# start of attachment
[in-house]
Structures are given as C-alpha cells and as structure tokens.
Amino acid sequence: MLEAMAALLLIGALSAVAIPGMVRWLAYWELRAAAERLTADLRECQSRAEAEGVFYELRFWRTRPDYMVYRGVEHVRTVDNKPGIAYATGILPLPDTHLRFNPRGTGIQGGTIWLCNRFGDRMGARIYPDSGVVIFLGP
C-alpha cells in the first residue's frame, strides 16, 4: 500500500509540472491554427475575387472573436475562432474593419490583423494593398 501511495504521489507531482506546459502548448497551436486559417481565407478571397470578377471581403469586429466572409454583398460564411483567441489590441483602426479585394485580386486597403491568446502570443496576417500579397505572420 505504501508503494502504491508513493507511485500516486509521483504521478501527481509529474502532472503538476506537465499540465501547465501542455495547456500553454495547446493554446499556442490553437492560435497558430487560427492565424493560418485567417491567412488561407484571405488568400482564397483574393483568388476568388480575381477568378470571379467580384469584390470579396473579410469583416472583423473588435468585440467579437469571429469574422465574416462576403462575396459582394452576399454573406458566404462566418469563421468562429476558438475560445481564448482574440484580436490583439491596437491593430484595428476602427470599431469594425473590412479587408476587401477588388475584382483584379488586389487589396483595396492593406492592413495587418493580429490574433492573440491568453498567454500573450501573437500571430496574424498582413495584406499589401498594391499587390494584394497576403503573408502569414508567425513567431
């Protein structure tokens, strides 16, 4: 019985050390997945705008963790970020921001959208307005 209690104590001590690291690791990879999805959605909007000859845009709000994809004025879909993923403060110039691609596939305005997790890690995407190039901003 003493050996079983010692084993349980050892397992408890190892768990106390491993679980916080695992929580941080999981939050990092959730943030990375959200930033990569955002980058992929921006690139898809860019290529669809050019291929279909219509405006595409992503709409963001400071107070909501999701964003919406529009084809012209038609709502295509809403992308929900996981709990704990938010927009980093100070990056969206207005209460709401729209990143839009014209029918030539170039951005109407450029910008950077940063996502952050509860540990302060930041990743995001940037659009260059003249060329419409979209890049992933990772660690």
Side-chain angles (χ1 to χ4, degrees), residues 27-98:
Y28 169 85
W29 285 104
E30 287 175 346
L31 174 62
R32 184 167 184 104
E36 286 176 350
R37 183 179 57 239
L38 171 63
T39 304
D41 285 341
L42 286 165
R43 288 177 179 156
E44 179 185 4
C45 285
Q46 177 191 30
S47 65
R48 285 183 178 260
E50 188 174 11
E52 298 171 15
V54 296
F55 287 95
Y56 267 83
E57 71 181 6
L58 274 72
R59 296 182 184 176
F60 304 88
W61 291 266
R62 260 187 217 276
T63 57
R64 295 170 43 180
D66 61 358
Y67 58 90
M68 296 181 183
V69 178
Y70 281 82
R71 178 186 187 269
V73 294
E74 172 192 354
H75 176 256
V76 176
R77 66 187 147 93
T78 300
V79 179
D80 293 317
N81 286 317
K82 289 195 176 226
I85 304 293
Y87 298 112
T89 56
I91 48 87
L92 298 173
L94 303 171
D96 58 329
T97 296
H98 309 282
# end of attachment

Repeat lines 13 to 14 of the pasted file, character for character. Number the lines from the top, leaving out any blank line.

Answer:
R37 183 179 57 239
L38 171 63